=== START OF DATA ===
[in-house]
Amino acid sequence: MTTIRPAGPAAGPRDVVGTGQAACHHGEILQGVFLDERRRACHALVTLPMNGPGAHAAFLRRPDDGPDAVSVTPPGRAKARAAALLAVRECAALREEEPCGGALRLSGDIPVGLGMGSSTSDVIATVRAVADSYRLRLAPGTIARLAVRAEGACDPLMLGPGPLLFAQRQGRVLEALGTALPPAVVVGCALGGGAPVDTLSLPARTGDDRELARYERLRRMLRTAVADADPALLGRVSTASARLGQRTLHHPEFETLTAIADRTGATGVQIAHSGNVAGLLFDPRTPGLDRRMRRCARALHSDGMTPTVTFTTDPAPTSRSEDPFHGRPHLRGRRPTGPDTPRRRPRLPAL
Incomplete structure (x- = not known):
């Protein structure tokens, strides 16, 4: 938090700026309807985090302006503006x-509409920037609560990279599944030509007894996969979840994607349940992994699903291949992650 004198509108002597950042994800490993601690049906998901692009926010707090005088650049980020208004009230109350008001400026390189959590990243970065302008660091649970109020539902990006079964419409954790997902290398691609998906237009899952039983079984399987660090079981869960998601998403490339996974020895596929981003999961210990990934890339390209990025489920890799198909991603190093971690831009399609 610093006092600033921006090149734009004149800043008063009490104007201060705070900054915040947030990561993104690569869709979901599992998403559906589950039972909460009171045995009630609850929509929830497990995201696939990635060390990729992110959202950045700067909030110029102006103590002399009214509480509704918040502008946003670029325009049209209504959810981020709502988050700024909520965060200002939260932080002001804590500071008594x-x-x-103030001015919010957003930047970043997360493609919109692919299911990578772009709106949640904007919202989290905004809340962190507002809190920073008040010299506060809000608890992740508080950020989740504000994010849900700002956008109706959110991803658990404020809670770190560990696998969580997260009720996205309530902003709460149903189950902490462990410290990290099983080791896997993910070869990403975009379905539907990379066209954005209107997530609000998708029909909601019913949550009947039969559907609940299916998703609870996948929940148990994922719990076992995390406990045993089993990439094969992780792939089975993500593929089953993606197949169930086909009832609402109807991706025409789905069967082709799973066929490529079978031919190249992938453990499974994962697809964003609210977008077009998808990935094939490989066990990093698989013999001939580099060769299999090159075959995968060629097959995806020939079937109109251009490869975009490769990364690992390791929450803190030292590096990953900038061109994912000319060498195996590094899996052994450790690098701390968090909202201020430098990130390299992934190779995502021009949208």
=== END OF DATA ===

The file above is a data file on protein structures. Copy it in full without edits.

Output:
[in-house]
Amino acid sequence: MTTIRPAGPAAGPRDVVGTGQAACHHGEILQGVFLDERRRACHALVTLPMNGPGAHAAFLRRPDDGPDAVSVTPPGRAKARAAALLAVRECAALREEEPCGGALRLSGDIPVGLGMGSSTSDVIATVRAVADSYRLRLAPGTIARLAVRAEGACDPLMLGPGPLLFAQRQGRVLEALGTALPPAVVVGCALGGGAPVDTLSLPARTGDDRELARYERLRRMLRTAVADADPALLGRVSTASARLGQRTLHHPEFETLTAIADRTGATGVQIAHSGNVAGLLFDPRTPGLDRRMRRCARALHSDGMTPTVTFTTDPAPTSRSEDPFHGRPHLRGRRPTGPDTPRRRPRLPAL
Incomplete structure (x- = not known):
């Protein structure tokens, strides 16, 4: 938090700026309807985090302006503006x-509409920037609560990279599944030509007894996969979840994607349940992994699903291949992650 004198509108002597950042994800490993601690049906998901692009926010707090005088650049980020208004009230109350008001400026390189959590990243970065302008660091649970109020539902990006079964419409954790997902290398691609998906237009899952039983079984399987660090079981869960998601998403490339996974020895596929981003999961210990990934890339390209990025489920890799198909991603190093971690831009399609 610093006092600033921006090149734009004149800043008063009490104007201060705070900054915040947030990561993104690569869709979901599992998403559906589950039972909460009171045995009630609850929509929830497990995201696939990635060390990729992110959202950045700067909030110029102006103590002399009214509480509704918040502008946003670029325009049209209504959810981020709502988050700024909520965060200002939260932080002001804590500071008594x-x-x-103030001015919010957003930047970043997360493609919109692919299911990578772009709106949640904007919202989290905004809340962190507002809190920073008040010299506060809000608890992740508080950020989740504000994010849900700002956008109706959110991803658990404020809670770190560990696998969580997260009720996205309530902003709460149903189950902490462990410290990290099983080791896997993910070869990403975009379905539907990379066209954005209107997530609000998708029909909601019913949550009947039969559907609940299916998703609870996948929940148990994922719990076992995390406990045993089993990439094969992780792939089975993500593929089953993606197949169930086909009832609402109807991706025409789905069967082709799973066929490529079978031919190249992938453990499974994962697809964003609210977008077009998808990935094939490989066990990093698989013999001939580099060769299999090159075959995968060629097959995806020939079937109109251009490869975009490769990364690992390791929450803190030292590096990953900038061109994912000319060498195996590094899996052994450790690098701390968090909202201020430098990130390299992934190779995502021009949208």